D      Convert x from integer to decimal.
 ;³    Append to our original string.
   L=  Check if the length of this new string is equal to x.
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Perl, 31 bytes

Just going through all the numbers until one fits:

perl -lpe '1while++$n<length$_.$n;$_.=$n'
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Ruby, 43 36 bytes

Anonymous function, abusing the $. global.


Call it like this:

f = ->s{$.+=1while(t=s+"#$.").size>$.;t}
f[""]          # => "1"
f["a"]         # => "a2"
f["aaaaaaa"]   # => "aaaaaaa8"
f["aaaaaaaa"]  # => "aaaaaaaa9"
f["aaaaaaaaa"] # => "aaaaaaaaa11"
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C, 75 bytes

Yes, there's another C answer but this (the same method as my Factor answer) is shorter:



i, z;

g (char* s){
  i = strlen(s);
  z = 1 + log10(i);
  s = realloc(s, i + z);
  sprintf(s + i, "%d", i + z);

ceil(log10(n) is the number of digits in base 10 n, but 1+ is shorter than ceil().

Then, resize the string so we don't get a segfault, and format the number after the string part.

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  • \$\begingroup\$ I don't believe this method works for 98 or 997 \$\endgroup\$ – Blue Dec 17 '16 at 16:37

Under review

Powershell V2.0, 64 bytes



PS C:\Users\***\Downloads\golf> .\str-length.ps1 'This is my strin3333333333333333333333333333333333333333333333333333
This is my strin333333333333333333333333333333333333333333333333333333333333333333333333333333333333333333333g113
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  • \$\begingroup\$ This outputs aaaaaaaaa10 when given input aaaaaaaaa, and not the correct aaaaaaaaa11. \$\endgroup\$ – AdmBorkBork Dec 19 '16 at 16:34
  • \$\begingroup\$ You're right, I missed that somehow. \$\endgroup\$ – Kieron Davies Dec 20 '16 at 8:34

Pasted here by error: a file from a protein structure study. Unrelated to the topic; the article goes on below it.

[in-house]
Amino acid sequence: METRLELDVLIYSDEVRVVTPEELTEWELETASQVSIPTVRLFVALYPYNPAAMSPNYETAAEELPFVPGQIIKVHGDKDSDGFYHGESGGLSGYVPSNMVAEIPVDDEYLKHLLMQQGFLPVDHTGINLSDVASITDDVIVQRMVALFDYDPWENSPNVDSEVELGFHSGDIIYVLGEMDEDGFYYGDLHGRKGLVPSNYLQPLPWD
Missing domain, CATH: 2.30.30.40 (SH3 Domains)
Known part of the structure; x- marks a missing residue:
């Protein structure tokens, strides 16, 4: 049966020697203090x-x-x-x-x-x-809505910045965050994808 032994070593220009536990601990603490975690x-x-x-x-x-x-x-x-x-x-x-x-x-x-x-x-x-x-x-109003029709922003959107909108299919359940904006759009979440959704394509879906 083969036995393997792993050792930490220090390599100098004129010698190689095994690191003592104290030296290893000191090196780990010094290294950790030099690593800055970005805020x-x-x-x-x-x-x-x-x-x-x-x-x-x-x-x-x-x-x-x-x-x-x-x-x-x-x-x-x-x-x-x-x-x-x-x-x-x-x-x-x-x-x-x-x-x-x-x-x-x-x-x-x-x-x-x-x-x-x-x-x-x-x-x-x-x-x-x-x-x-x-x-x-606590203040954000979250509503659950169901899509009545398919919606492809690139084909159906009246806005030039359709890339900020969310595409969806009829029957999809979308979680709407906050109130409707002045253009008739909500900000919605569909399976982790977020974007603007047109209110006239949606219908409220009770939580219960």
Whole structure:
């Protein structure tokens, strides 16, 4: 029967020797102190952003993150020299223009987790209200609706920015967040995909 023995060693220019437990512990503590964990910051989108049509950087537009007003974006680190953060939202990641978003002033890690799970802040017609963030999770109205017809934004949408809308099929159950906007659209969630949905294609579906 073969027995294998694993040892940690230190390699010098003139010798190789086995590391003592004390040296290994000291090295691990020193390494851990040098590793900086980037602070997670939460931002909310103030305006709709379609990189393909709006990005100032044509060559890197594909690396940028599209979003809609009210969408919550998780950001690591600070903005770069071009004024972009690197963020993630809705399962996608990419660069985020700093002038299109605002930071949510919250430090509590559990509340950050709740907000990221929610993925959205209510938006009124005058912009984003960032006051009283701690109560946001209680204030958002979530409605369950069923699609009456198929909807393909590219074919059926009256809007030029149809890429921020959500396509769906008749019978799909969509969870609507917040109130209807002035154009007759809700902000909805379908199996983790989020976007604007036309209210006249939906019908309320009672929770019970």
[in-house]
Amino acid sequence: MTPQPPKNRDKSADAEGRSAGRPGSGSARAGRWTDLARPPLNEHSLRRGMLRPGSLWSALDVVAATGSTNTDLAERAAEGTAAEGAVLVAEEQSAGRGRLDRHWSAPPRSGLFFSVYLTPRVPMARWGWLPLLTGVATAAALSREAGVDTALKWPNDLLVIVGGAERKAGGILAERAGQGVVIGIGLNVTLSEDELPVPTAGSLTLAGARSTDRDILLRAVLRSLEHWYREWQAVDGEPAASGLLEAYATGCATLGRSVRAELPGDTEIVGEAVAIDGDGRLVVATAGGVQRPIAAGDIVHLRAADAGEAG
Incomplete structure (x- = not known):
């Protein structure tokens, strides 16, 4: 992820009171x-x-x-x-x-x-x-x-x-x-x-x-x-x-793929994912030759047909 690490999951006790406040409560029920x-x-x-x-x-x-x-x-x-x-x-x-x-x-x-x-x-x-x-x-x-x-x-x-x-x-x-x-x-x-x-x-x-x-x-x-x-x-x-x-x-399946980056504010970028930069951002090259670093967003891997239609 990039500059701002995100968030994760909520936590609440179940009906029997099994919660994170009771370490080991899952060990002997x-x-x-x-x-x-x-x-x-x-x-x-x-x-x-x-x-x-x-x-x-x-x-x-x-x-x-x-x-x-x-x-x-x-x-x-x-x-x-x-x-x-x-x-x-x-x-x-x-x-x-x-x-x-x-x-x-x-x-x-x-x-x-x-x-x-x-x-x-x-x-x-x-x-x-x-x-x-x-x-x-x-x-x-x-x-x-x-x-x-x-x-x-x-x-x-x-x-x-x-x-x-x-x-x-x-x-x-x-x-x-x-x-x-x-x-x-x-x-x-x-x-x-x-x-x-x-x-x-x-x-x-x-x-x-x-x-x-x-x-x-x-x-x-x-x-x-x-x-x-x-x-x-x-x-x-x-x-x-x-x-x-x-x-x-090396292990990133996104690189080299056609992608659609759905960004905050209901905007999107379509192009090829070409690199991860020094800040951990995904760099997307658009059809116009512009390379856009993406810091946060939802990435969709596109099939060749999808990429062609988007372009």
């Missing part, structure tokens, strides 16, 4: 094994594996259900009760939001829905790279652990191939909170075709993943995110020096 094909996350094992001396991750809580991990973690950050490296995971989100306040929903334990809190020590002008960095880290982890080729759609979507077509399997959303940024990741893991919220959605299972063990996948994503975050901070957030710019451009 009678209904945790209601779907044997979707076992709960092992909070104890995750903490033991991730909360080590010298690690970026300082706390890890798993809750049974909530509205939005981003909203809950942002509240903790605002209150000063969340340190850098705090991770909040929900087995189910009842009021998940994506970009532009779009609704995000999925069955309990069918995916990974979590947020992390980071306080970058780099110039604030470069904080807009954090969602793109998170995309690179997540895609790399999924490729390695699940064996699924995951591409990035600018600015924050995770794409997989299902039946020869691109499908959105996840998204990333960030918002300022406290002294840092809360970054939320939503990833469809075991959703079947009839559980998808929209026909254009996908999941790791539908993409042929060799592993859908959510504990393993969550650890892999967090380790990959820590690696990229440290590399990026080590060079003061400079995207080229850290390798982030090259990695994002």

Scala, 75 bytes

def a(b:String,c:Int=0):String=if((b+c).length>c)a(b,c+1)else b+c
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awk, 27 bytes


Test it:

$ awk -F '' '$0=$0length($0length($0NF))' file
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  • 1
    \$\begingroup\$ You can change length($0) to just length for brevity. \$\endgroup\$ – Ed Morton Dec 23 '16 at 16:40
  • \$\begingroup\$ @EdMorton Been experimenting with awk -F '' '$0=NF' \$\endgroup\$ – James Brown Dec 24 '16 at 13:46

C# / CS Script 99 87 79 bytes

Saved a few bytes switching to a lambda. And a few more moving the try/catch out of the for loop.

F=a=>{int i=0,l;try{for(;;)l=(a+(a+a.Length).Length)[++i];}catch{}return a+i;};

Try it here


F => a
    // 'i' is for traversing the string
    // 'l' is just a placeholder
    int i = 0, l;

    // wrap the loop in a try/catch
        // loop forever
        for (;;)
            // assign to 'l' the char at position ++i
            // throws an IndexOutOfRangeException when it falls off the end
            l = (a + (a + a.Length).Length)[++i];
    // empty catch block
    catch {}

    // returns a string concat of the input a and index i
    return a + i;
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Java 7, 67 bytes

String y(String y){int i=0;for(;(y+i).length()!=i;i++);return y+i;}

Try it online!